Museo Salvatore Ferragamo
Museo Salvatore FerragamoMuseo Salvatore Ferragamo
Museo Salvatore Ferragamo Museo Salvatore Ferragamo Museo Salvatore Ferragamo Museo Salvatore Ferragamo Museo Salvatore Ferragamo Museo Salvatore Ferragamo Museo Salvatore Ferragamo Museo Salvatore Ferragamo

The logo

B
efore Salvatore Ferragamo arrived back in Italy in 1927, there was no Ferragamo logo. The footwear created by Salvatore almost exclusively for the movie industry was sold in his Hollywood Boot Shop. The name of Ferragamo stood for the man, the creative personality, but was not yet a brand. It was with the setting up of the Ferragamo company in Florence that the first logotype was devised: “Ferragamo’s Creations Florence Italy”.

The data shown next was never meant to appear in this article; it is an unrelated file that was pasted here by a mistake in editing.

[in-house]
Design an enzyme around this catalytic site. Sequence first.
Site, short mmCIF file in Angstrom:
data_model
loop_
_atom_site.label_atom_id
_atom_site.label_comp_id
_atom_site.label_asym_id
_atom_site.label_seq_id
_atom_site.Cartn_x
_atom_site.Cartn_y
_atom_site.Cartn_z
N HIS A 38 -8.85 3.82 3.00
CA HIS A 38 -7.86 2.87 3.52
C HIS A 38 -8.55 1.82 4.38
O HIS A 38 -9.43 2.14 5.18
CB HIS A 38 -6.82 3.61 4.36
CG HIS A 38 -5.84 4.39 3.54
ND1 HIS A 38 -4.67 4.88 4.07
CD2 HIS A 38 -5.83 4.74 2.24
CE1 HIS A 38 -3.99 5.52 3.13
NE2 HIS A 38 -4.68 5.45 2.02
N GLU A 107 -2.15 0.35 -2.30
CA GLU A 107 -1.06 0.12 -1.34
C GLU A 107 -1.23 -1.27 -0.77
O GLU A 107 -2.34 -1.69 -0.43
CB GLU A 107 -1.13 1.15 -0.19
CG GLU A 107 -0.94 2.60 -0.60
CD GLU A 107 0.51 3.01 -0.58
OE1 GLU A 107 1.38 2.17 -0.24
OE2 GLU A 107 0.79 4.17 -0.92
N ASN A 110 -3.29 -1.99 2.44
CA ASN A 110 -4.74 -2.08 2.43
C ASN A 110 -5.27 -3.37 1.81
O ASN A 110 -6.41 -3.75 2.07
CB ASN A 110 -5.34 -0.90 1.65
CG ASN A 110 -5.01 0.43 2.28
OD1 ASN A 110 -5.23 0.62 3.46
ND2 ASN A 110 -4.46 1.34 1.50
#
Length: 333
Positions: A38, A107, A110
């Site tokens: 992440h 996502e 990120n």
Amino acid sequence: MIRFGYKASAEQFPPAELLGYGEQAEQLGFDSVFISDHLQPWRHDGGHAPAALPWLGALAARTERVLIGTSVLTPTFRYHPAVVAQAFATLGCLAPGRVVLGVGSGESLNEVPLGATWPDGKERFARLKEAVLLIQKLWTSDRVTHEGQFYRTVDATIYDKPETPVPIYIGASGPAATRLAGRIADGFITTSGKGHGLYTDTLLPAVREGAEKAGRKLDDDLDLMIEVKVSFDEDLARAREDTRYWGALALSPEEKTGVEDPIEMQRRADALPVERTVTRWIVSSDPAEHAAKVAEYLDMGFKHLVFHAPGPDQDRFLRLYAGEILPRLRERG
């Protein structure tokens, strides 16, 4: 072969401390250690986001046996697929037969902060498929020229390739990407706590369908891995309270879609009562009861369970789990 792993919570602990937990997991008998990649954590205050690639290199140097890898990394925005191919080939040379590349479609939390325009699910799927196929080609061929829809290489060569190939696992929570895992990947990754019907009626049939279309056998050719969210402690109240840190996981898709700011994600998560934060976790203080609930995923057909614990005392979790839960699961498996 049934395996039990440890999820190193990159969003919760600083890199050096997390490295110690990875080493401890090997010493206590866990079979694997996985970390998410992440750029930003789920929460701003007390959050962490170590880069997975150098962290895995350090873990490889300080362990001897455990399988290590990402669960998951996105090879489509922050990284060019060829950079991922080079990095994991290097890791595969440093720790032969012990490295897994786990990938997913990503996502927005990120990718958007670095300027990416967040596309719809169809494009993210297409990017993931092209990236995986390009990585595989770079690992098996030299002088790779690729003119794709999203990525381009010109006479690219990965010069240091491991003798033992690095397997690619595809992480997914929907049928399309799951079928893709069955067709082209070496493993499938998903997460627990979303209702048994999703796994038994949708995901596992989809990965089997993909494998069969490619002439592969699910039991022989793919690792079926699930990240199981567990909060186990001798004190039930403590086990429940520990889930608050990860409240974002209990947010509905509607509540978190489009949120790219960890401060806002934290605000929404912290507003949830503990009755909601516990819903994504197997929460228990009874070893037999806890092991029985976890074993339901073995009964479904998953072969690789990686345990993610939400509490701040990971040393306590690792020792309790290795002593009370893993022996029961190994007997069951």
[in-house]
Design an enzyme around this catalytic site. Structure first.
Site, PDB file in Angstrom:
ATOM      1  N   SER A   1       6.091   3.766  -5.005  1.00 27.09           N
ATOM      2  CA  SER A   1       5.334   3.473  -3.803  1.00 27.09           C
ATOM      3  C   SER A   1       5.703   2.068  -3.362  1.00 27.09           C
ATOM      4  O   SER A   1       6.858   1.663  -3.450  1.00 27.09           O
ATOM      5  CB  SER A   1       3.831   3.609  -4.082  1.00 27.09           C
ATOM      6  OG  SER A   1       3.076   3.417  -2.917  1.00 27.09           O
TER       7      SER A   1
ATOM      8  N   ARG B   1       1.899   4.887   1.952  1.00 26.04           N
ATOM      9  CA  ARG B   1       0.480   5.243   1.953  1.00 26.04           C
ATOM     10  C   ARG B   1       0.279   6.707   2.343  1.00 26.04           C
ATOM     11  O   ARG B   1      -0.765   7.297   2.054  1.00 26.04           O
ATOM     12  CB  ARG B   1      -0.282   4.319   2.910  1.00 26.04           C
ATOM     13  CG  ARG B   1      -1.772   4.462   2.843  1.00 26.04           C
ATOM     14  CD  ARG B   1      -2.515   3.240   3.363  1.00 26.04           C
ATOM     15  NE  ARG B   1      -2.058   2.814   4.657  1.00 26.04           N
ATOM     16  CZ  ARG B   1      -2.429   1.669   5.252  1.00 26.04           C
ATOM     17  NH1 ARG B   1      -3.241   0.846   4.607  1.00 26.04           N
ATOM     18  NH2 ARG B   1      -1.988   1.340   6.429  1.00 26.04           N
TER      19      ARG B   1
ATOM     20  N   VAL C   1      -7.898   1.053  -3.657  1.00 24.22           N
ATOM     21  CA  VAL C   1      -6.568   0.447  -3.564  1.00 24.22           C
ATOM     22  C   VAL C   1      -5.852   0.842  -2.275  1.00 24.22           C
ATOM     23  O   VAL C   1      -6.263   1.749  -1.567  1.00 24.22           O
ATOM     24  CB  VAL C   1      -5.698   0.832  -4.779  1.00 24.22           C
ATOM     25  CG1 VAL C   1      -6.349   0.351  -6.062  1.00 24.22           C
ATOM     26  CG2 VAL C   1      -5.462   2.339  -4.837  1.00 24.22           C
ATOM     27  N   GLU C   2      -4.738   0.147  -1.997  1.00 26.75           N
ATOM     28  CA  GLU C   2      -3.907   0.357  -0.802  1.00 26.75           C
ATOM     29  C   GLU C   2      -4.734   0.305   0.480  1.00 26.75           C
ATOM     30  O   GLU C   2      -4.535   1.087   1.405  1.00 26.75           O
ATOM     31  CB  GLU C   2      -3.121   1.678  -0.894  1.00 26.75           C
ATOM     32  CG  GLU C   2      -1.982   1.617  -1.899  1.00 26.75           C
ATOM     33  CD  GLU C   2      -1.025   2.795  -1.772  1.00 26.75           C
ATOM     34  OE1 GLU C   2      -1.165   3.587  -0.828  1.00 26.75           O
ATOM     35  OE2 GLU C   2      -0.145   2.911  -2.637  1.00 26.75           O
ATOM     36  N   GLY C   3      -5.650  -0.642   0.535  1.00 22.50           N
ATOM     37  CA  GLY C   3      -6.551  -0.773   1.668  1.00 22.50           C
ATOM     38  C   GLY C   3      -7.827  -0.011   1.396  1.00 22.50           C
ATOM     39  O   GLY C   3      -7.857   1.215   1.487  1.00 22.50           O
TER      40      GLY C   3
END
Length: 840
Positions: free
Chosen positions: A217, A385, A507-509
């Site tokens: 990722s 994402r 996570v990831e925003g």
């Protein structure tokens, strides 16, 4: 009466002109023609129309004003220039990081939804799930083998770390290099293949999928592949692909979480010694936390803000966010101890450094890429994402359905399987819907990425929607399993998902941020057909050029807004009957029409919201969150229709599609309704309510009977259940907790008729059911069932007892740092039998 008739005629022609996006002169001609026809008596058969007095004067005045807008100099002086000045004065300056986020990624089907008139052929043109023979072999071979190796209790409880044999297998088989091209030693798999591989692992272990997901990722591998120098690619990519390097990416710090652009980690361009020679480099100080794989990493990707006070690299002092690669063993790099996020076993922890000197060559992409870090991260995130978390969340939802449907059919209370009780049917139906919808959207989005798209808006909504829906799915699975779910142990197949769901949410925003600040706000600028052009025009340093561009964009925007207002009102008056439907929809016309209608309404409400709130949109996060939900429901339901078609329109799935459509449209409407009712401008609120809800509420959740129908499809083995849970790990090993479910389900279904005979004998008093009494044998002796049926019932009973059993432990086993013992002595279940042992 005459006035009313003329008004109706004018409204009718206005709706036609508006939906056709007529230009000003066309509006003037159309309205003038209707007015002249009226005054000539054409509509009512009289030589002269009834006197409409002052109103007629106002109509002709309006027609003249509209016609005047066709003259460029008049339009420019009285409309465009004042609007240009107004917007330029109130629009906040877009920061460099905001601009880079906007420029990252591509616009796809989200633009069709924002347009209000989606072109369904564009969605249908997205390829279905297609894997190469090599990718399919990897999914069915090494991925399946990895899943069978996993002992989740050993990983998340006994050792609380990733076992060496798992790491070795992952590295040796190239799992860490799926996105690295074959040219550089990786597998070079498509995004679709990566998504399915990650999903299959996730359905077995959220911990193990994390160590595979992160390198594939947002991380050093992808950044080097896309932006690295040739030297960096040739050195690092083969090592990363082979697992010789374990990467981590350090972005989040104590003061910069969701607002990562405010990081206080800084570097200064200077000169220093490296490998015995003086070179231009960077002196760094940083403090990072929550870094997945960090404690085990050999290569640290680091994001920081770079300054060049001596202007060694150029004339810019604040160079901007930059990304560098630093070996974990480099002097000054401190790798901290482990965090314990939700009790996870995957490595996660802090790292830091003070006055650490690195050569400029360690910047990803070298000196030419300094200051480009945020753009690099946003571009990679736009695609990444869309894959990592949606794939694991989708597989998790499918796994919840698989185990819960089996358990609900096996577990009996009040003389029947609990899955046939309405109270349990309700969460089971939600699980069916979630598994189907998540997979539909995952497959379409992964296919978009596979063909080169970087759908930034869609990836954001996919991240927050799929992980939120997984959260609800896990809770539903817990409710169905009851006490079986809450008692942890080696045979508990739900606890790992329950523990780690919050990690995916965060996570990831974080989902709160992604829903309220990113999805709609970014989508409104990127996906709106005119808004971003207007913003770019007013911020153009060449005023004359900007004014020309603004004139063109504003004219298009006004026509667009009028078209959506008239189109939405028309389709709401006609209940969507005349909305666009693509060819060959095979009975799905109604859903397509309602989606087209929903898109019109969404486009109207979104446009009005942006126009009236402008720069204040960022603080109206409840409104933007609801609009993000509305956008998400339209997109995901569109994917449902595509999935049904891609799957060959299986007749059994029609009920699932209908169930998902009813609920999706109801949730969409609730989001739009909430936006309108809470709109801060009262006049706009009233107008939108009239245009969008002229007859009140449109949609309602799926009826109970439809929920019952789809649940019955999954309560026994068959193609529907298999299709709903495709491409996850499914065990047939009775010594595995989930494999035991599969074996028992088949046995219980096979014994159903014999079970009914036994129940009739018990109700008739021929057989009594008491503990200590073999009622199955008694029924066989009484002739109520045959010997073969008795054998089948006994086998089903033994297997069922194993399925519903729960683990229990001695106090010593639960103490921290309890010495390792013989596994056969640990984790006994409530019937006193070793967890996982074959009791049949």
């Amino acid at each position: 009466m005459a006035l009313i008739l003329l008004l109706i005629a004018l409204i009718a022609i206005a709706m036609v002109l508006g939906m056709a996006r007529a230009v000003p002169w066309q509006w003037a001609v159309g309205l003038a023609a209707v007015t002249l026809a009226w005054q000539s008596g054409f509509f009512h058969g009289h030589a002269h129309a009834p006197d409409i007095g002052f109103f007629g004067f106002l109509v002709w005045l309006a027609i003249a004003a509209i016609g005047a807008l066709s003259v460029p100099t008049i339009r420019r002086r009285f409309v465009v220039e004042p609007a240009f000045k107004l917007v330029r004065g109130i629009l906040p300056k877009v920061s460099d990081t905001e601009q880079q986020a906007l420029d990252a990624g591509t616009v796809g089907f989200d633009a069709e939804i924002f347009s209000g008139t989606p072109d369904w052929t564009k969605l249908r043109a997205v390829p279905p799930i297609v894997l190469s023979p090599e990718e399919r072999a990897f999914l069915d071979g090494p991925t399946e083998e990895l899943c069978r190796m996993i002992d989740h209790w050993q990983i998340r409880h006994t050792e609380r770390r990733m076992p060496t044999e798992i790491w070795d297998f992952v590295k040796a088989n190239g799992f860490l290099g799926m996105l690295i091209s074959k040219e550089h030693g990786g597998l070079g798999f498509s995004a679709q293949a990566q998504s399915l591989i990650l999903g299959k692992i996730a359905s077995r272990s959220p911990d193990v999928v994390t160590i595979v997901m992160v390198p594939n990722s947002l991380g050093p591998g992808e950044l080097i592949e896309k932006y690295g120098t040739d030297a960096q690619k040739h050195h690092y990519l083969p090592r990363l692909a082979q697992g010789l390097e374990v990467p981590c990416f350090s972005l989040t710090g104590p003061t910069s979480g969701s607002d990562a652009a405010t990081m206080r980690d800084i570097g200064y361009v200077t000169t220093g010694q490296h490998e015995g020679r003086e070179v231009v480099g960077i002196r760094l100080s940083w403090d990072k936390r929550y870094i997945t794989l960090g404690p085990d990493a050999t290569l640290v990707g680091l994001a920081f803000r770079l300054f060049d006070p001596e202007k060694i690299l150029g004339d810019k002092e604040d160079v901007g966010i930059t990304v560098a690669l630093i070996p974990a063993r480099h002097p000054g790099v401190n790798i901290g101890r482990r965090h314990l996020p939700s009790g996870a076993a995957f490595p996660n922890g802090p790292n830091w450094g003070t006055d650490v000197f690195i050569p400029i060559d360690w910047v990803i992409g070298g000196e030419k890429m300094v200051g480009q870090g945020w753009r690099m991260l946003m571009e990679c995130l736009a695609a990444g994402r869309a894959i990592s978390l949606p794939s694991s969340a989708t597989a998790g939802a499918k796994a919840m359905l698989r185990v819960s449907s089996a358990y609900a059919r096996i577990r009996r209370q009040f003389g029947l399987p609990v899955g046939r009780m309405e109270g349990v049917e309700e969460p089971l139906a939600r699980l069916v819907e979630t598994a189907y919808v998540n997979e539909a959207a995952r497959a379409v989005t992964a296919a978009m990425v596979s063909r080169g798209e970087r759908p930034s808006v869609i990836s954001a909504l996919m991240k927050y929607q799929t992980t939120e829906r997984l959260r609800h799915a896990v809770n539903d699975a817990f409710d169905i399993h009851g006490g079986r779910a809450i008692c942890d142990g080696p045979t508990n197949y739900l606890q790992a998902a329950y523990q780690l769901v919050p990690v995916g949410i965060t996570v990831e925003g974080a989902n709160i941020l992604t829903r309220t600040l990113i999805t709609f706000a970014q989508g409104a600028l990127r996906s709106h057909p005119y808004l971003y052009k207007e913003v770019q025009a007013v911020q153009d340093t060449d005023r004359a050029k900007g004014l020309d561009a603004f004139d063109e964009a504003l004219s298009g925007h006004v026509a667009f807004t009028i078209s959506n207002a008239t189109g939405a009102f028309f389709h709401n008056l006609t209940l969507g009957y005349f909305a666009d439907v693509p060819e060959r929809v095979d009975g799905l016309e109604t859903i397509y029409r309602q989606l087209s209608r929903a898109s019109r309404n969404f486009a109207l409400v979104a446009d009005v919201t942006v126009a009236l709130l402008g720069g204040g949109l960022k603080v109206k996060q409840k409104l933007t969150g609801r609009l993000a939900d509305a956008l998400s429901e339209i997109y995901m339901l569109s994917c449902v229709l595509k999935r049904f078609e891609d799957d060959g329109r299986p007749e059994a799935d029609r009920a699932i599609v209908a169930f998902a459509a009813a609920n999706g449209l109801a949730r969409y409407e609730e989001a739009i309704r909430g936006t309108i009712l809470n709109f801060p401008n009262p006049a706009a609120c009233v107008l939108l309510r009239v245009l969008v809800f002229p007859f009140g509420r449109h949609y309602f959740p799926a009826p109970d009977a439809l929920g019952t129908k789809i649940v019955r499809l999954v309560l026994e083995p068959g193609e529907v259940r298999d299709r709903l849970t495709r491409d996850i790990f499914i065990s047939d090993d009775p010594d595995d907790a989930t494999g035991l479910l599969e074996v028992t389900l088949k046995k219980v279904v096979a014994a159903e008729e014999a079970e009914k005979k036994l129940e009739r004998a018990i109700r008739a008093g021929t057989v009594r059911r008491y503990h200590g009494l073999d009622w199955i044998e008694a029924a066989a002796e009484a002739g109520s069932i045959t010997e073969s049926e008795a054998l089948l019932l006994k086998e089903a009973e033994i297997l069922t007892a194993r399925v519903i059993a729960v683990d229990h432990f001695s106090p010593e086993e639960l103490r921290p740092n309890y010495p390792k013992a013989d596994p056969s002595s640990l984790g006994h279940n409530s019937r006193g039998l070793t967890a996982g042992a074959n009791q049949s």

The name of the maker was tied to that of the city of Florence, explicitly suggesting that shoes crafted in a city of art were almost works of art themselves, collector’s pieces. Ferragamo used this rademark to label his footwear.
With the extraordinary imagination that was peculiar to him and that he used not only to design shoes but also in his (ante litteram) marketing activities, he registered a number of trademarks including, for example, “Pompeian” for fabric or raffia summer shoes and “Leonardo by Ferragamo” for the Capri sandals in the Fifties.
The trademark that’s known worldwide as the Ferragamo logo didn’t come into being till after Salvatore Ferragamo’s death in the Sixties. The family wanted the new trademark to feature the name of the departed founder, in the graphically recreated form of his original signature. Since then, this logo has labelled not only products and stores but also packaging and advertising campaigns. The initial F, for Ferragamo, also suggested a number of fabric patterns and even the name of a fragrance.